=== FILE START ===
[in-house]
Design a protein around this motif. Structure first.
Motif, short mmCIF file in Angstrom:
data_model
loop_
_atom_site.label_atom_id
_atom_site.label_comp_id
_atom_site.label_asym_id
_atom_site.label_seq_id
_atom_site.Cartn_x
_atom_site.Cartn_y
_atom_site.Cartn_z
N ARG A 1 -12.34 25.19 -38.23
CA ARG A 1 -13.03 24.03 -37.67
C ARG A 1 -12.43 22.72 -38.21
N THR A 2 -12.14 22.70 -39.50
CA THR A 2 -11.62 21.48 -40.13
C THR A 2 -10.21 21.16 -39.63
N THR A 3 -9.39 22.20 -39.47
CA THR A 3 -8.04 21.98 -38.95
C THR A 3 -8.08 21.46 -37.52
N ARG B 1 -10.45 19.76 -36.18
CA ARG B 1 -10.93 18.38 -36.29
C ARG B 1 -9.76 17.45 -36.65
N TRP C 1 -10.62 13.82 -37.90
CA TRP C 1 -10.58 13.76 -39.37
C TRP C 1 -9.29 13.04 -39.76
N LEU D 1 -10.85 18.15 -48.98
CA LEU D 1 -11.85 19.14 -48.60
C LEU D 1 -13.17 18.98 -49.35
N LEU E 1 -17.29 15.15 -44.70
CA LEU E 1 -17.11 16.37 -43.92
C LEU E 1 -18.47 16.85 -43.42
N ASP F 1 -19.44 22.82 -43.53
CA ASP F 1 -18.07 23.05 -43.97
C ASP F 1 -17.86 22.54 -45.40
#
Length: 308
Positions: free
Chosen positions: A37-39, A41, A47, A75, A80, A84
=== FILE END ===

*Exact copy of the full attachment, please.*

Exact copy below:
[in-house]
Design a protein around this motif. Structure first.
Motif, short mmCIF file in Angstrom:
data_model
loop_
_atom_site.label_atom_id
_atom_site.label_comp_id
_atom_site.label_asym_id
_atom_site.label_seq_id
_atom_site.Cartn_x
_atom_site.Cartn_y
_atom_site.Cartn_z
N ARG A 1 -12.34 25.19 -38.23
CA ARG A 1 -13.03 24.03 -37.67
C ARG A 1 -12.43 22.72 -38.21
N THR A 2 -12.14 22.70 -39.50
CA THR A 2 -11.62 21.48 -40.13
C THR A 2 -10.21 21.16 -39.63
N THR A 3 -9.39 22.20 -39.47
CA THR A 3 -8.04 21.98 -38.95
C THR A 3 -8.08 21.46 -37.52
N ARG B 1 -10.45 19.76 -36.18
CA ARG B 1 -10.93 18.38 -36.29
C ARG B 1 -9.76 17.45 -36.65
N TRP C 1 -10.62 13.82 -37.90
CA TRP C 1 -10.58 13.76 -39.37
C TRP C 1 -9.29 13.04 -39.76
N LEU D 1 -10.85 18.15 -48.98
CA LEU D 1 -11.85 19.14 -48.60
C LEU D 1 -13.17 18.98 -49.35
N LEU E 1 -17.29 15.15 -44.70
CA LEU E 1 -17.11 16.37 -43.92
C LEU E 1 -18.47 16.85 -43.42
N ASP F 1 -19.44 22.82 -43.53
CA ASP F 1 -18.07 23.05 -43.97
C ASP F 1 -17.86 22.54 -45.40
#
Length: 308
Positions: free
Chosen positions: A37-39, A41, A47, A75, A80, A84